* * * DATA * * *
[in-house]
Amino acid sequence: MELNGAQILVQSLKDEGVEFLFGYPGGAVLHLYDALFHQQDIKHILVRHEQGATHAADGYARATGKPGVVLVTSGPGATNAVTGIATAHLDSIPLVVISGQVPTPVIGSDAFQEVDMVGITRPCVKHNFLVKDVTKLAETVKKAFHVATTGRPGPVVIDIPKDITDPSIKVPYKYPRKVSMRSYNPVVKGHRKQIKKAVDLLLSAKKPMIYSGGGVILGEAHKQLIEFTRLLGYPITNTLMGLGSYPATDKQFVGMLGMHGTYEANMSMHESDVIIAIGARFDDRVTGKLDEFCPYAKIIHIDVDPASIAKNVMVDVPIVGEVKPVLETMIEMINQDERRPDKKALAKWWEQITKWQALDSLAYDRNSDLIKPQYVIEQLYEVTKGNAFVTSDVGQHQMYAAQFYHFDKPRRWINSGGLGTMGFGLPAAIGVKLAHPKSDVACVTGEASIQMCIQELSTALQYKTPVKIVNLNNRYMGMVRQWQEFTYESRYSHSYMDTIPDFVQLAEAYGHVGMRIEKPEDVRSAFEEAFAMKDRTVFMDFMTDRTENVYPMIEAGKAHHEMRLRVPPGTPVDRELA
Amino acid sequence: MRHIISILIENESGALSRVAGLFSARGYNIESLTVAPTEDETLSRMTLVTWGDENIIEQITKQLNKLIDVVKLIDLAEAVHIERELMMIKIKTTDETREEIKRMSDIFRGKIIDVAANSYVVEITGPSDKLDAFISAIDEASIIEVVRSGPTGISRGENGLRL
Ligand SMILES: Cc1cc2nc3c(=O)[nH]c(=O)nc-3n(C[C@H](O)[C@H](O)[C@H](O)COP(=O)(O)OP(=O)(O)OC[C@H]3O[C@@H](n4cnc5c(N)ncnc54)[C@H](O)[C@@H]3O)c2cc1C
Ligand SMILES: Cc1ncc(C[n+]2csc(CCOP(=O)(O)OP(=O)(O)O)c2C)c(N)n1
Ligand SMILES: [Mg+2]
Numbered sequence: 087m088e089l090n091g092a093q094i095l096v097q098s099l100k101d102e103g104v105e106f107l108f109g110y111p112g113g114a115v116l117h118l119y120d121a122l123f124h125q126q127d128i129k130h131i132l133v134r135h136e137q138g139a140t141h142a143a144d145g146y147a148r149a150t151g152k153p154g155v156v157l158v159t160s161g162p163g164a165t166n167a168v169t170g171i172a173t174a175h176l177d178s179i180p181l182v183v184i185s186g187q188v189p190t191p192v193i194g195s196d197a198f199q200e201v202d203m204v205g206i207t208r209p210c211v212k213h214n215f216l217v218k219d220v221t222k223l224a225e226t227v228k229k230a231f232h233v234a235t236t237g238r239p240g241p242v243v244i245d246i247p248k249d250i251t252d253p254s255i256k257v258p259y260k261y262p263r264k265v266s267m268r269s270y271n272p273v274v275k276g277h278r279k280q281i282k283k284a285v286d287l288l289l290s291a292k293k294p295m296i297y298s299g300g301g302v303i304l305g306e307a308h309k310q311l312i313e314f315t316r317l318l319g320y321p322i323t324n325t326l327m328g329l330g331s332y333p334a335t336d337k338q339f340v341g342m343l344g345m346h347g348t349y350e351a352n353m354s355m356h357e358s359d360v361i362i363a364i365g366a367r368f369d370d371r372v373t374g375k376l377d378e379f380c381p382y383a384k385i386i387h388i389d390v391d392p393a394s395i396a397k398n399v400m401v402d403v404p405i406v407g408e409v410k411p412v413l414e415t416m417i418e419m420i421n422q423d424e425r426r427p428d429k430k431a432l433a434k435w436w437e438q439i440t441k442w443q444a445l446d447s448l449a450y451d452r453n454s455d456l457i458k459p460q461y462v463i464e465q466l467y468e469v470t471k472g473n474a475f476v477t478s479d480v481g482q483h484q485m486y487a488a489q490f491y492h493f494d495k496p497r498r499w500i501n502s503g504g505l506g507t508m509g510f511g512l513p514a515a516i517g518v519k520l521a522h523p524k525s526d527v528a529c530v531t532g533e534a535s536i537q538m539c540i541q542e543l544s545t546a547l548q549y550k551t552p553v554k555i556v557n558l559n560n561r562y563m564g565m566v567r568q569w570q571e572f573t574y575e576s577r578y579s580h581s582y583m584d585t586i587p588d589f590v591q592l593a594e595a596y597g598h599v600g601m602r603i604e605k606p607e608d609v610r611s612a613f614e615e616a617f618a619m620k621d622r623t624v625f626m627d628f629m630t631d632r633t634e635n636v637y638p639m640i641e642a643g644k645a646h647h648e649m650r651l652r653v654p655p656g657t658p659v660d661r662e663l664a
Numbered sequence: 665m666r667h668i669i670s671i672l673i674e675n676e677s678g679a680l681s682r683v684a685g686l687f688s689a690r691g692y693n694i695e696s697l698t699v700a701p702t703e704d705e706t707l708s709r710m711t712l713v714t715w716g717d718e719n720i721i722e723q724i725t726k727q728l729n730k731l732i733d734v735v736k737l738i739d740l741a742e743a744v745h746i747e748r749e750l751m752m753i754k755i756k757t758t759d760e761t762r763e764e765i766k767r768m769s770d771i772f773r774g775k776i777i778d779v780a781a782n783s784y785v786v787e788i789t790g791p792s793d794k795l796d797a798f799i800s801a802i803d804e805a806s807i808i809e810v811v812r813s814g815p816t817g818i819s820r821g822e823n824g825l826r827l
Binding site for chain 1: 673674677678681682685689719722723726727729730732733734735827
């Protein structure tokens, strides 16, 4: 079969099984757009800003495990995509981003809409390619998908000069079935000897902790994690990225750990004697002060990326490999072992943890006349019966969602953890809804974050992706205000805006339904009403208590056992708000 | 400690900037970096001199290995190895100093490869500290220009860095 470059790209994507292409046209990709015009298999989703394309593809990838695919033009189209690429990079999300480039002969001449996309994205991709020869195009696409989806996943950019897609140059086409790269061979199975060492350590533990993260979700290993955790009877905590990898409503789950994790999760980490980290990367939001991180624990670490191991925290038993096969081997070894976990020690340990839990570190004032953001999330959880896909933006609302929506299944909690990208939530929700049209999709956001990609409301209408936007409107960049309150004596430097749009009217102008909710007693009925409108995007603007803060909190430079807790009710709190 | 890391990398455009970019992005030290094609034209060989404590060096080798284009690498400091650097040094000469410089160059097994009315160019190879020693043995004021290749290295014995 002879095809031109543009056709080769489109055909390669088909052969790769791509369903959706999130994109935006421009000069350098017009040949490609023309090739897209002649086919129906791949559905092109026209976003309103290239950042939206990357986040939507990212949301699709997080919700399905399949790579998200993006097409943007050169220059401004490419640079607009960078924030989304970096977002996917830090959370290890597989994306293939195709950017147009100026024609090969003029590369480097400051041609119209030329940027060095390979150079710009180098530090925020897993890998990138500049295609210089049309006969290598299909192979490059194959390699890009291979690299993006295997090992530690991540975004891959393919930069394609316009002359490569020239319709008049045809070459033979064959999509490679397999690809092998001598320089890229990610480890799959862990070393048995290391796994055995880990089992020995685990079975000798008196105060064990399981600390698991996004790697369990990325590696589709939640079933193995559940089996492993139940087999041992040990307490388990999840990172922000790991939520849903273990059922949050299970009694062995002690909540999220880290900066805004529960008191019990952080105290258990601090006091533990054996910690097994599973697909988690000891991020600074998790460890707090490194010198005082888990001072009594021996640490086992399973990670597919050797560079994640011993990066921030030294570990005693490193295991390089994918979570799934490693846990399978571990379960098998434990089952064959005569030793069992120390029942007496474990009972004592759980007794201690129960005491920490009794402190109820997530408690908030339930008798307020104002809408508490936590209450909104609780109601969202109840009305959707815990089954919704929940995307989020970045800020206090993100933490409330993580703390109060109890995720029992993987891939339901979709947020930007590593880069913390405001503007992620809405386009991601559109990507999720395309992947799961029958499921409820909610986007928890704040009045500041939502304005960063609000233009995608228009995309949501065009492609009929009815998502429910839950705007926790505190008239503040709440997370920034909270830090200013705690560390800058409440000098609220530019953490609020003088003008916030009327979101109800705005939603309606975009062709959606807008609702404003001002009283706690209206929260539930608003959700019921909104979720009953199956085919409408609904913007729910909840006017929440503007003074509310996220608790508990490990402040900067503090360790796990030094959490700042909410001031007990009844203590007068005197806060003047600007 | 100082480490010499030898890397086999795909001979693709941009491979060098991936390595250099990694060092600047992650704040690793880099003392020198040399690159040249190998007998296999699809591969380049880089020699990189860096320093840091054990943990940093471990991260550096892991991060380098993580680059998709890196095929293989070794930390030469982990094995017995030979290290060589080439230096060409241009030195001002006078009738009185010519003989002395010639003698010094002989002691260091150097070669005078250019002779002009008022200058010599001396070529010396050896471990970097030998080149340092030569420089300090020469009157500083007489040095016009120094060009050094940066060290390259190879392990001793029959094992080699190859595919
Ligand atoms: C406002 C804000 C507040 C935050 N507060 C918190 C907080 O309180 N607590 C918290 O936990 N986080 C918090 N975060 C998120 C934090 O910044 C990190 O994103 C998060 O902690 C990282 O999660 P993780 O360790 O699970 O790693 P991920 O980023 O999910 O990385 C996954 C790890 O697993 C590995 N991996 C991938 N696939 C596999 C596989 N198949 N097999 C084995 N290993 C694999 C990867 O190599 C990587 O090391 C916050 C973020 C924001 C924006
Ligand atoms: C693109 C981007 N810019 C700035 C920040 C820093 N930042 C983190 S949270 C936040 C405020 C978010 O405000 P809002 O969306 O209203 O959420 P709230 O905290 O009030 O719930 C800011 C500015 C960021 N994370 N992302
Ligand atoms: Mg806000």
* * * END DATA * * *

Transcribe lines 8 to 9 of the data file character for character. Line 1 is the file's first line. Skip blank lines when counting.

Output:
Numbered sequence: 665m666r667h668i669i670s671i672l673i674e675n676e677s678g679a680l681s682r683v684a685g686l687f688s689a690r691g692y693n694i695e696s697l698t699v700a701p702t703e704d705e706t707l708s709r710m711t712l713v714t715w716g717d718e719n720i721i722e723q724i725t726k727q728l729n730k731l732i733d734v735v736k737l738i739d740l741a742e743a744v745h746i747e748r749e750l751m752m753i754k755i756k757t758t759d760e761t762r763e764e765i766k767r768m769s770d771i772f773r774g775k776i777i778d779v780a781a782n783s784y785v786v787e788i789t790g791p792s793d794k795l796d797a798f799i800s801a802i803d804e805a806s807i808i809e810v811v812r813s814g815p816t817g818i819s820r821g822e823n824g825l826r827l
Binding site for chain 1: 673674677678681682685689719722723726727729730732733734735827